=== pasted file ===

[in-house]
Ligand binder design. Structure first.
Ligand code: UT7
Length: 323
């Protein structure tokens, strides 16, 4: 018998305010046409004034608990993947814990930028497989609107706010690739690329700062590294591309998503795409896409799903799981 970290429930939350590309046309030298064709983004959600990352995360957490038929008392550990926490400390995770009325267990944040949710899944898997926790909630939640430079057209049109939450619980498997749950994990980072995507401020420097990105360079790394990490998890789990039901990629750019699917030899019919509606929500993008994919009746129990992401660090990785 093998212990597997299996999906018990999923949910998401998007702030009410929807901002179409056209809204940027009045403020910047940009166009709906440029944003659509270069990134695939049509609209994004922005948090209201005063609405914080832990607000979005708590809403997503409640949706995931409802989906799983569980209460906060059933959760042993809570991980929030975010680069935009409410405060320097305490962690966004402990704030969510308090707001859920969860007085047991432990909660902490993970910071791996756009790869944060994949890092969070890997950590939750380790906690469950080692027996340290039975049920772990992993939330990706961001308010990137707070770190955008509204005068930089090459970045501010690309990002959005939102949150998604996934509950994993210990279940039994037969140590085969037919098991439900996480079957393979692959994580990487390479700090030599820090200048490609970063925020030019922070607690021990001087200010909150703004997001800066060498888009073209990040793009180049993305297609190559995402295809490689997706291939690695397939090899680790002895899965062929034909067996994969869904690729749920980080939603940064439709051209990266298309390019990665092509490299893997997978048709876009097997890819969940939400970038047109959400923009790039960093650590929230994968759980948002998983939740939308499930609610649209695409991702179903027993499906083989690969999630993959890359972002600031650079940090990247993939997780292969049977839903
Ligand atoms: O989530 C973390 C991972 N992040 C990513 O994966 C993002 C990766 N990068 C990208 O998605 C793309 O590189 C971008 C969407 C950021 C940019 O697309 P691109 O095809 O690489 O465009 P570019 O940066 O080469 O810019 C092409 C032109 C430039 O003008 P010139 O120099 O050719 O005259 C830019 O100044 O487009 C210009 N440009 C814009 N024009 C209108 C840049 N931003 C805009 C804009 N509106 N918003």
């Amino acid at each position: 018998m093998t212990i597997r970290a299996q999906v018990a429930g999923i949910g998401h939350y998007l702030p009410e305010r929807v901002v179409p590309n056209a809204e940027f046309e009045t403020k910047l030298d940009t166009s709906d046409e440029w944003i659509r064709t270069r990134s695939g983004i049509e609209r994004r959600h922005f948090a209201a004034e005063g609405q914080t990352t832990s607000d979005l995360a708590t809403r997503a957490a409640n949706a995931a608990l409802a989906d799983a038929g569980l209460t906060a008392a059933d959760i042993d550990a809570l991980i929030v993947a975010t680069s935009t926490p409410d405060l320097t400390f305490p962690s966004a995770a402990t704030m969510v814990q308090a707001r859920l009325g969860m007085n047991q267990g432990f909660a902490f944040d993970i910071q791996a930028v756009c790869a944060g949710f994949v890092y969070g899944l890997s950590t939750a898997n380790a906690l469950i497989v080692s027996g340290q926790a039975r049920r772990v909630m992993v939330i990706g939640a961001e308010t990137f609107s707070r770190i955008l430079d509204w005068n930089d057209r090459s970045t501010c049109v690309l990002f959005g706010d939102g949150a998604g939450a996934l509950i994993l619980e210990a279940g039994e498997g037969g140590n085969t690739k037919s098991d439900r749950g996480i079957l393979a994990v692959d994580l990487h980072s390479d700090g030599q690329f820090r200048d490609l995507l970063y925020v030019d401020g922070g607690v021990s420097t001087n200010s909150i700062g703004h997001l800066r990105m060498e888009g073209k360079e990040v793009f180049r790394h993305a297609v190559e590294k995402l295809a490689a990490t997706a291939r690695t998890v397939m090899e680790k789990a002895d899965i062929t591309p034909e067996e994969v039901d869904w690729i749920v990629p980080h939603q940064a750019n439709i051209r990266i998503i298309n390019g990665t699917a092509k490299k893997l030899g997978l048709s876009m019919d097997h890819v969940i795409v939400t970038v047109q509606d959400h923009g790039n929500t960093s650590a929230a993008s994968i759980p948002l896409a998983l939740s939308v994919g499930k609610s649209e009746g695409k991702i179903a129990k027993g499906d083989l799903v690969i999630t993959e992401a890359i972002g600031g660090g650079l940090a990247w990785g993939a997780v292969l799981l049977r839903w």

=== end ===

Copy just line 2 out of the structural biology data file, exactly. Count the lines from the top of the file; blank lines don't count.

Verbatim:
Ligand binder design. Structure first.